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Why Paterson Better Like Mike

Can congestion pricing get the new gov back on track?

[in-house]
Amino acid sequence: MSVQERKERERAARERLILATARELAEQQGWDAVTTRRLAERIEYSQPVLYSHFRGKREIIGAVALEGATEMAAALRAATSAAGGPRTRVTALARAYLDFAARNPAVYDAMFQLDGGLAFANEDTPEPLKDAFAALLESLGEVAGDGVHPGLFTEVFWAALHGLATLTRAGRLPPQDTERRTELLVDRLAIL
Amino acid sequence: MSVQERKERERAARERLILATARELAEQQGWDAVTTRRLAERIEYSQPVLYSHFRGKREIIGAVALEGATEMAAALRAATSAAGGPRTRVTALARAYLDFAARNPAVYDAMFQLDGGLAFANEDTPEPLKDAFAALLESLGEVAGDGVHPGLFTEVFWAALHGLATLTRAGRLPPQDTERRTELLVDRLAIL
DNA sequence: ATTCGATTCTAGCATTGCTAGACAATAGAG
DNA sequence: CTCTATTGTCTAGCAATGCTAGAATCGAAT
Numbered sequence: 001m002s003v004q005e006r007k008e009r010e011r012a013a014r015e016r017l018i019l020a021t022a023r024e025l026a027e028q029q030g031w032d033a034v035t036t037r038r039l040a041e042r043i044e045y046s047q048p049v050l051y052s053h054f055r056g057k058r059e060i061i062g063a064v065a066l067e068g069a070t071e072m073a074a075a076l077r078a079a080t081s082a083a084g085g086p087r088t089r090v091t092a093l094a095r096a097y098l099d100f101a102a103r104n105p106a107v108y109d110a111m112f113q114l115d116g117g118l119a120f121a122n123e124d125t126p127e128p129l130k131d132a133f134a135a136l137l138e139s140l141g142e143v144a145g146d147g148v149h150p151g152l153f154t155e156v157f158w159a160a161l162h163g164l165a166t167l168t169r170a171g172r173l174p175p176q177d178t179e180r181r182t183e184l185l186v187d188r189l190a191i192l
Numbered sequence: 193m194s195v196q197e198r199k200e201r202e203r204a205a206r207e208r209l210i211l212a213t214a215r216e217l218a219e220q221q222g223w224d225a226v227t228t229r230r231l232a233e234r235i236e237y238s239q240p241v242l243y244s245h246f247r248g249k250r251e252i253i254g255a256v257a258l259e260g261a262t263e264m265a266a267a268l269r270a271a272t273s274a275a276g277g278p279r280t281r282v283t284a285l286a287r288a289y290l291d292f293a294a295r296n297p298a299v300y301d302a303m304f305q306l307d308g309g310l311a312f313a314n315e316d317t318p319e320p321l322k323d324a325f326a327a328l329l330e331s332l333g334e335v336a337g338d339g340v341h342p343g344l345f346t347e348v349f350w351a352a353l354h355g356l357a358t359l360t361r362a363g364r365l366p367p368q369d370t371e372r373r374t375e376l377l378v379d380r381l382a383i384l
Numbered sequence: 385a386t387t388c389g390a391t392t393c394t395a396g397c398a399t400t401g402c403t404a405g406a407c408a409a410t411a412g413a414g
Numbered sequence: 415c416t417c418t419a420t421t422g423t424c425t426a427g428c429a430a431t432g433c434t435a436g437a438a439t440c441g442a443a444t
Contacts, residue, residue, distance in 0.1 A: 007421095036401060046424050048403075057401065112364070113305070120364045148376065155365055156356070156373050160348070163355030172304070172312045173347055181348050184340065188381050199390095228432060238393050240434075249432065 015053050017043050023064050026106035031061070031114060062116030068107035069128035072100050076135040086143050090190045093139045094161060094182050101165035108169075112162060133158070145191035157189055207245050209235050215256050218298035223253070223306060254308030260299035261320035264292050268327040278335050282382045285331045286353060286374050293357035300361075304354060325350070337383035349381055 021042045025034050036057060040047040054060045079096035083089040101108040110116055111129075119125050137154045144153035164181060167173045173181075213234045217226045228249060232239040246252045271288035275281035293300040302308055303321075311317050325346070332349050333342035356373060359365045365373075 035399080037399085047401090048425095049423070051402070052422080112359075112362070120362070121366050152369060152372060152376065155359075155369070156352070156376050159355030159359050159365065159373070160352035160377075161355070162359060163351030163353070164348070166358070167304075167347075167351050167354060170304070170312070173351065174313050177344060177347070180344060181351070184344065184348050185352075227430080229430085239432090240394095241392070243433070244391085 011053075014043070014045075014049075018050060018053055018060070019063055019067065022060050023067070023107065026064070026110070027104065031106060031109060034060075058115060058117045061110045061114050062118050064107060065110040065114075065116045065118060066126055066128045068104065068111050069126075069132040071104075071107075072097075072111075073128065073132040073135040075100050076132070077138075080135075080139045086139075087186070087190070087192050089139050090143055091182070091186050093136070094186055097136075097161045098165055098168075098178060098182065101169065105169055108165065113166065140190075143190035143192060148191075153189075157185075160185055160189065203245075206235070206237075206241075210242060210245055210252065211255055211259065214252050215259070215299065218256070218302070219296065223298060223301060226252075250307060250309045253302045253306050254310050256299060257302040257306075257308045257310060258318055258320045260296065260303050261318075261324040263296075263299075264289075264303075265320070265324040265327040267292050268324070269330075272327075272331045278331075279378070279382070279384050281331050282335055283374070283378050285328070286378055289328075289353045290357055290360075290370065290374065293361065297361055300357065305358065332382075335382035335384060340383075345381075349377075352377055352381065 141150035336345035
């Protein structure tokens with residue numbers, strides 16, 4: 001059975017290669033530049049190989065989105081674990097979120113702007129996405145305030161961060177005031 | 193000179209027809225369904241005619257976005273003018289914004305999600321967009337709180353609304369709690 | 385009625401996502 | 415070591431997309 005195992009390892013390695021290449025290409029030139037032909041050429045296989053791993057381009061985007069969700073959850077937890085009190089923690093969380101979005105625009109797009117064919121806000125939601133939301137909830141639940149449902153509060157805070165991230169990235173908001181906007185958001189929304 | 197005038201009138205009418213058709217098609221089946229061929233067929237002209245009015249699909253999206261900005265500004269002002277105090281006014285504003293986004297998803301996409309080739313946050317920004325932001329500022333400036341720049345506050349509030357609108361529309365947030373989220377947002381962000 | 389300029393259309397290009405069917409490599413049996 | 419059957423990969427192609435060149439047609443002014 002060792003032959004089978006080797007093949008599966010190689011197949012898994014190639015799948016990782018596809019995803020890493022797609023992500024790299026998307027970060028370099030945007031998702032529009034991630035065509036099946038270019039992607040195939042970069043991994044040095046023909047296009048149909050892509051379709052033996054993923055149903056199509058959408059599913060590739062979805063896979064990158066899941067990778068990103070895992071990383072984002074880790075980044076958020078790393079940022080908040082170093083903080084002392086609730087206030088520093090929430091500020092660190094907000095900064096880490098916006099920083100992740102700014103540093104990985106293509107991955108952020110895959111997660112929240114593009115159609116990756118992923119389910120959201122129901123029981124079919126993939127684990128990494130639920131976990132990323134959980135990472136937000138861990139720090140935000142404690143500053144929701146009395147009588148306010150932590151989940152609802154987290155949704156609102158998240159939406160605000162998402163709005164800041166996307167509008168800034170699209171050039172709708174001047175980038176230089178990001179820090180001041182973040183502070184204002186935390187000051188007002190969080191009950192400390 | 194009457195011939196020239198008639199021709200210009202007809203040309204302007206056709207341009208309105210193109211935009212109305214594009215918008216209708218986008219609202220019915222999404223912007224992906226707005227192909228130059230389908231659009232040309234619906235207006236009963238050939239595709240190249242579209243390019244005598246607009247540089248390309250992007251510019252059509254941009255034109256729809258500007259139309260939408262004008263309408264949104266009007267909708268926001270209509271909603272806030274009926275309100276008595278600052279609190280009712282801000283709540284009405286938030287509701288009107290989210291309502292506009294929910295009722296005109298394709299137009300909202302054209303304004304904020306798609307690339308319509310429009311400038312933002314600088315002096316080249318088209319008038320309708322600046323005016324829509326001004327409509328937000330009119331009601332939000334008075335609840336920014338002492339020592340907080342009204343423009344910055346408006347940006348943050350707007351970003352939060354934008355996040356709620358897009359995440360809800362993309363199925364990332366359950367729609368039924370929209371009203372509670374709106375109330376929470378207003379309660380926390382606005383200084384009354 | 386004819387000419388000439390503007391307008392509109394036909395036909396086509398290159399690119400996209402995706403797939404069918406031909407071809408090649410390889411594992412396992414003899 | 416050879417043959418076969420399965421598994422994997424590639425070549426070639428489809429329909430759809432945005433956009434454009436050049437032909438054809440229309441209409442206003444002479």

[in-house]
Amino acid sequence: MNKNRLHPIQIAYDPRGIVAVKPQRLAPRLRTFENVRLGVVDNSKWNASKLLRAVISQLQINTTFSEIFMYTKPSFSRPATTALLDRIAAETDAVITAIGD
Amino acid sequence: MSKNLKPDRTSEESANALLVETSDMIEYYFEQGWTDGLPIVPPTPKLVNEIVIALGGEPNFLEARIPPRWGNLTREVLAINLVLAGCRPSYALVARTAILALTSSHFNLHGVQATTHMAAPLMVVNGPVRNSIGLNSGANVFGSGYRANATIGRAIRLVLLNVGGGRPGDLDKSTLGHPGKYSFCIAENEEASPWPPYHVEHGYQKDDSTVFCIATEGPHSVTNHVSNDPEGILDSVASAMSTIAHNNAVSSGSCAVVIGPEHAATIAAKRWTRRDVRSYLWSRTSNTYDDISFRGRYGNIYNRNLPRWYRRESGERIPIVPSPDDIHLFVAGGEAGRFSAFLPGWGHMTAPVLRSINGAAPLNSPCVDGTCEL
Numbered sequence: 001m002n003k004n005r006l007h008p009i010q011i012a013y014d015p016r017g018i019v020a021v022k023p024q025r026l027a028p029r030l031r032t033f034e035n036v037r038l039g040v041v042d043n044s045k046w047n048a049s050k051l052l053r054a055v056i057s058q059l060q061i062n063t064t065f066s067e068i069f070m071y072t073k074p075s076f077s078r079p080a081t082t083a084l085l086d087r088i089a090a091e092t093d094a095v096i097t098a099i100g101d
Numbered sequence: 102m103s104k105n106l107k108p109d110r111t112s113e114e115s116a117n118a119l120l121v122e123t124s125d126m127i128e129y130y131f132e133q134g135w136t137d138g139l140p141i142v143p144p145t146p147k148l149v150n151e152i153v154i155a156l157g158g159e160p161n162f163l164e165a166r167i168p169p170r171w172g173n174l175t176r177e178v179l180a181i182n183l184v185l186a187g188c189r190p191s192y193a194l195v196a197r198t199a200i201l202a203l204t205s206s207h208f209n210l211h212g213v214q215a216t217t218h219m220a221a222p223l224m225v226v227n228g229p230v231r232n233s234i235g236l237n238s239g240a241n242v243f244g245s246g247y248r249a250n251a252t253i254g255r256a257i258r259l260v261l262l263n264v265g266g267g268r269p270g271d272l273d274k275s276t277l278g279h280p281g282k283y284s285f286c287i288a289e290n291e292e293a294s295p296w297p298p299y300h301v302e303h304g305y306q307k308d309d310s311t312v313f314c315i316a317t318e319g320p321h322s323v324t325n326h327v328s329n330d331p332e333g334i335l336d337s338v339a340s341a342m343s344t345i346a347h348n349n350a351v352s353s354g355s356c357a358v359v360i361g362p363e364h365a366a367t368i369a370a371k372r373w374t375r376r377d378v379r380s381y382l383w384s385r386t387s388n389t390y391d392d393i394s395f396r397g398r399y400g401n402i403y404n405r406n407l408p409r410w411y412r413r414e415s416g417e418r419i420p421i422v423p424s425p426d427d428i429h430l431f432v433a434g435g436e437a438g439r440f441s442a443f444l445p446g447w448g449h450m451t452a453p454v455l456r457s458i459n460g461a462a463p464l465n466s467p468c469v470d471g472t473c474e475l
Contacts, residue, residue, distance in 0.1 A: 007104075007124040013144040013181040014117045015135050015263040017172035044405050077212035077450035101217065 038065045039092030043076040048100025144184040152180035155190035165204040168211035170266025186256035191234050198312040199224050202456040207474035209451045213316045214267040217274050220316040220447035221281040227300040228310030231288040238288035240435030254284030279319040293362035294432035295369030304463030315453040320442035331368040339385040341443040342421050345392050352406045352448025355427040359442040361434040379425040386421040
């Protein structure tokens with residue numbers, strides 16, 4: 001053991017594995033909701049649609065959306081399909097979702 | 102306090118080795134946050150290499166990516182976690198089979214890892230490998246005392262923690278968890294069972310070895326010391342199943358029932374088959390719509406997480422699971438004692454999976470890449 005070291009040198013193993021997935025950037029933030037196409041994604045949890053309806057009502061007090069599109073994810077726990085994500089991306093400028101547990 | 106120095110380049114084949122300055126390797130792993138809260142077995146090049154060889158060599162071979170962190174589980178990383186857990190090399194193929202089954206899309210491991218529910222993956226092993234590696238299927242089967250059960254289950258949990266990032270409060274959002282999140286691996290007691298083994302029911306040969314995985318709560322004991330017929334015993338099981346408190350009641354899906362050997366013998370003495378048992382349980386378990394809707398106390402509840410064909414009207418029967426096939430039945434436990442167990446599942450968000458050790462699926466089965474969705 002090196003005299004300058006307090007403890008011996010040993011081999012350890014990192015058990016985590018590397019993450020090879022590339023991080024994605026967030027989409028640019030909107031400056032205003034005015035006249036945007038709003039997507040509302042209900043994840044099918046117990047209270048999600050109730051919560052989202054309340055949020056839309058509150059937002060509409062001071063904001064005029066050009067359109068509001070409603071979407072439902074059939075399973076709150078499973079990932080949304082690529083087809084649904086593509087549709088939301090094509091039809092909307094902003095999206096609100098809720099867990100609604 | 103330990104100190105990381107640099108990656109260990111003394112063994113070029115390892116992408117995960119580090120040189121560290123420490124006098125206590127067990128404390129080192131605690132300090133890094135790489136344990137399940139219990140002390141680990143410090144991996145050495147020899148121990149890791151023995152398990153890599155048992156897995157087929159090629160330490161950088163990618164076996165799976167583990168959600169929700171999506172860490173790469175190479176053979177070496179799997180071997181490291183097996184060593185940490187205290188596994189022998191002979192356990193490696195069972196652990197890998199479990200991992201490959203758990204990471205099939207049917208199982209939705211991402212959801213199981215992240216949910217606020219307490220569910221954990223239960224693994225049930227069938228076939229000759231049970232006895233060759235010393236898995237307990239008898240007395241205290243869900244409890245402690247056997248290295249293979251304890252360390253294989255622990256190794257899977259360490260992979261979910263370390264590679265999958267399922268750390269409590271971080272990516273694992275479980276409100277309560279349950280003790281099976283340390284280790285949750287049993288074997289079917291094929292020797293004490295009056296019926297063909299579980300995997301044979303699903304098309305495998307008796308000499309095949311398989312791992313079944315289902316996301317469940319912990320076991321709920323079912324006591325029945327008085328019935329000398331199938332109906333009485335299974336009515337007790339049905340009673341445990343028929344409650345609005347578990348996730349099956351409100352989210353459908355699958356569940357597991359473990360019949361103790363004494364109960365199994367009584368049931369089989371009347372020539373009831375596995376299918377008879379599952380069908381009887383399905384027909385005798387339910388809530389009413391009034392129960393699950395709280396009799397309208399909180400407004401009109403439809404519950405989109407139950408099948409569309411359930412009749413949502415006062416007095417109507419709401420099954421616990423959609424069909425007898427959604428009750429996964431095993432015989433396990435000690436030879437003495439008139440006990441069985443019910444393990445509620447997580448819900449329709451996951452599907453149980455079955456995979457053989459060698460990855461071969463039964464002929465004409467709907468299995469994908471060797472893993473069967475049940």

It certainly seemed like the right thing to do at the time: After Spitzer’s sexcapades, Governor David Paterson set a relaxed new tone in Albany, immediately airing his extramarital dirty laundry, wife at his side. But then the admissions just wouldn’t end. All Paterson’s preemptions (and various subsequent versions) have now led to a “candor gap,” says one Democratic operative allied with Spitzer. “Rarely have we seen someone with so much goodwill burn through it so quickly. It’s not the sex. It’s the way they have taken a ten-minute story and turned it into a four-day story, and who knows how much longer by dissembling and prevaricating.” All this could be good news for Mike Bloomberg, though: Paterson’s former district hasn’t been sympathetic to the mayor’s congestion pricing plan—many fear Harlem will become a commuter parking lot—but with his first rough week, Paterson could use friends. “He needs an ally in the mayor,” says one source close to Bloomberg. “The mayor has a 75 percent approval rating, he’s popular, and the mayor also has a long memory. If we don’t get CP”—congestion pricing—“the mayor will not be happy, personally.” It didn't take long for Paterson to come around on the issue: late last Friday afternoon, he changed his mind and agreed to support Bloomberg's plan.

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